While Emery was humble, the 6.5mm Creedmoor now often makes the cut in articles listing the ideal caliber for deer, elk and bear. Across the ocean, its forebearer, the 6.5mmx55, a cartridge originating in the late 1800s, is also a popular moose cartridge. Put another way, there have been a lot of elk and moose shot over the years with .308s and .30-06s at 300 yards with 150-grain projectiles, and the 6.5 Creedmoor has more energy.
Joe Thielen, assistant director of engineering at Hornady, was the lead on the development of the 6.5mm Creedmoor. While he had a feeling it would be a good hunting bullet, he didn’t see it taking off the way it has or that it would become his wife Christina’s favored caliber. She tried .308 and 7mm magnum and struggled with the recoil, before settling on the 6.5mm Creedmoor.
“You can’t beat the recoil versus weight performance ratio,” Thielen said.
He explained it has the right combination of bullet weight retention at an ideal velocity.
“For lack of better terminology, you get pretty-looking mushrooms at those types of velocities,” he said.
Choosing the right bullet is important with the 6.5 Creedmoor, especially with larger game. Popular bullets are Hornady’s 143-grain ELD-X and Barnes 120-grain TSX. When I shot a black bear with my 6.5mm, I used a popular manufacturer’s deer loads. While the bear didn’t go far, there wasn’t a lot of bullet expansion with a heart shot. I would use the caliber again but would pick a different bullet.
Alberta, Canada, hunter Kris Caprarie is a long-time fan of 6.5mm calibers. Caprarie is also a competitive shooter and a former police sniper.
He started with the 6.5 Swede years ago after reading a magazine article about it. Now his main hunting rifle and two match rifles are 6.5 Creedmoor.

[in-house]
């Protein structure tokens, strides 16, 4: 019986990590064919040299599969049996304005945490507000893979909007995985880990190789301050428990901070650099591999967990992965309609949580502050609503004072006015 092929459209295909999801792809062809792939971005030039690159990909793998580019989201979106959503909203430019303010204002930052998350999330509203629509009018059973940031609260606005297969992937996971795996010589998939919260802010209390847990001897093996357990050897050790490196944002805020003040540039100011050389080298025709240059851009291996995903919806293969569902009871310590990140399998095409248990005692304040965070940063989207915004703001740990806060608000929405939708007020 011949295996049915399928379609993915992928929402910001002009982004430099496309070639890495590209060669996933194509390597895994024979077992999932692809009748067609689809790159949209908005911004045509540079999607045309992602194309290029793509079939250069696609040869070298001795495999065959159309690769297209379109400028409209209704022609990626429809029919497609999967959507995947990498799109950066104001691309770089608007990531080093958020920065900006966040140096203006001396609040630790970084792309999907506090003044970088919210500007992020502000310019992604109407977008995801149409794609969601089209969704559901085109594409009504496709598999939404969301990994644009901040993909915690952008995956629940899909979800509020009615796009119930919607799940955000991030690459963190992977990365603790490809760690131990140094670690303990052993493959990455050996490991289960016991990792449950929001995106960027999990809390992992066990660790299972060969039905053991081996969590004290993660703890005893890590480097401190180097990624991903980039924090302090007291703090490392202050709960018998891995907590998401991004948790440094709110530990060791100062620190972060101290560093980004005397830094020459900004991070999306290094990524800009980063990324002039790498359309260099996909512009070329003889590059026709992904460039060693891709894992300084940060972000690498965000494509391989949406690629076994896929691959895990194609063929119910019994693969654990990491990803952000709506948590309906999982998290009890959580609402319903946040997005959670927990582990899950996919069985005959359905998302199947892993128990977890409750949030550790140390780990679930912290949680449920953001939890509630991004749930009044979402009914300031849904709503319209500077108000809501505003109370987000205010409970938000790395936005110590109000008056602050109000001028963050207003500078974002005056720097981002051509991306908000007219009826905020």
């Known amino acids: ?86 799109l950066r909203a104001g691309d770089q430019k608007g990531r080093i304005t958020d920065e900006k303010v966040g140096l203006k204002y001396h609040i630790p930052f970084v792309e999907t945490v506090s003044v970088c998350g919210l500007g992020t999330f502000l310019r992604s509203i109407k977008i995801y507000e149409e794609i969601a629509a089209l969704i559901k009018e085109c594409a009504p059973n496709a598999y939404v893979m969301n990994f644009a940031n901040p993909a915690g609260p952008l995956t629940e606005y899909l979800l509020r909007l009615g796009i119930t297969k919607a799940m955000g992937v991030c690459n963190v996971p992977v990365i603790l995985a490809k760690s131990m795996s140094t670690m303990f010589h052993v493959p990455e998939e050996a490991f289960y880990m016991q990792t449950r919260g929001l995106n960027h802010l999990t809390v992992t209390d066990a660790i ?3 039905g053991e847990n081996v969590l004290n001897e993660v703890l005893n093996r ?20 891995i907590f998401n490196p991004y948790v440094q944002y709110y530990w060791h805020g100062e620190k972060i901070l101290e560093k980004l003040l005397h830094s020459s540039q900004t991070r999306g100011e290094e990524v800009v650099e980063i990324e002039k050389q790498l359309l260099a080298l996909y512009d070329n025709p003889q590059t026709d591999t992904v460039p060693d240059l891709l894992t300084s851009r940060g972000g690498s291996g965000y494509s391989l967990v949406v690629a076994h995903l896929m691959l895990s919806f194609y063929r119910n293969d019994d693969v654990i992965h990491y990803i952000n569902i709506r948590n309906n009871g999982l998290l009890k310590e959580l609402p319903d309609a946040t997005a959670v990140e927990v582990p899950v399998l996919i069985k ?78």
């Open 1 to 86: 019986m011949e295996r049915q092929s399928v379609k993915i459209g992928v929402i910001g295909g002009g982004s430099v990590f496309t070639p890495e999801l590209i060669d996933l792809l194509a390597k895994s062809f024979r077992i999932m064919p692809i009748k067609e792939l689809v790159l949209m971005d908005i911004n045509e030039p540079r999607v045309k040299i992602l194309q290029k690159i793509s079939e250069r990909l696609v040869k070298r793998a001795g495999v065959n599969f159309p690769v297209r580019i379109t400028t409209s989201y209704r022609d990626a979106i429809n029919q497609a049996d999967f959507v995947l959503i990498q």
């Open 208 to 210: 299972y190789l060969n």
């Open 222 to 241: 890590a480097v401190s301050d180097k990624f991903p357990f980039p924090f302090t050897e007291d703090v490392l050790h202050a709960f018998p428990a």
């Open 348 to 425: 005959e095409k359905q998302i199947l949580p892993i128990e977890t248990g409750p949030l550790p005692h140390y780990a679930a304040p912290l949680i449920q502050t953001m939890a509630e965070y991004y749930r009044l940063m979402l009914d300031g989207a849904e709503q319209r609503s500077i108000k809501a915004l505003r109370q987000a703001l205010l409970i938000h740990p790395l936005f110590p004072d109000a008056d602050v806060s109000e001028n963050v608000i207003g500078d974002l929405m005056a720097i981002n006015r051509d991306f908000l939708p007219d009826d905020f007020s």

“I was an operational sniper for 14 years in policing,” he said. “I started shooting PRS competitions down in the states, first with the .260. We have actually switched out our .308s for 6.5. I found they are really easy to shoot, and because they are so popular now, there is ammunition everywhere.”
Using his 6.5, Caprarie has taken pronghorn, moose, elk and numerous whitetail and mule deer. He said the only one he hesitated on was a 300-yard-plus shot at a moose, but this was as much because of the angle as the distance.
“We had a big bull moose that came out quartering toward us,” he recounted. “He gave us his front shoulder and we were shooting a lighter-constructed bullet so I just waited for him to turn sideways.”
Caprarie is also a shooting coach at Call Sign 66, a long-range shooting school. He recalls one student who was the epitome of why people shouldn’t shoot a magnum if they can’t handle the recoil.
“His words were, ‘My rifle didn’t group,’” Caprarie said. “Watching him shoot, you know exactly why his rifle didn’t shoot. It doesn’t matter the size of the gun, it won’t make up for bad placement. The last elk I shot was at 480 meters and it dropped it. You have to shoot a round where you can put the bullet in the right spot, and that’s what I like about the 6.5s, especially the Creedmoor — anybody can shoot it. My kids can shoot it well, my wife can shoot it well. They’re not scared of the recoil. They’re not scared of the muzzle blast. It’s a real aerodynamic bullet and beats the wind.”
The 6.5 Creedmoor is not only a gun for recoil-sensitive shooters, it may be a way to improve anyone’s shooting.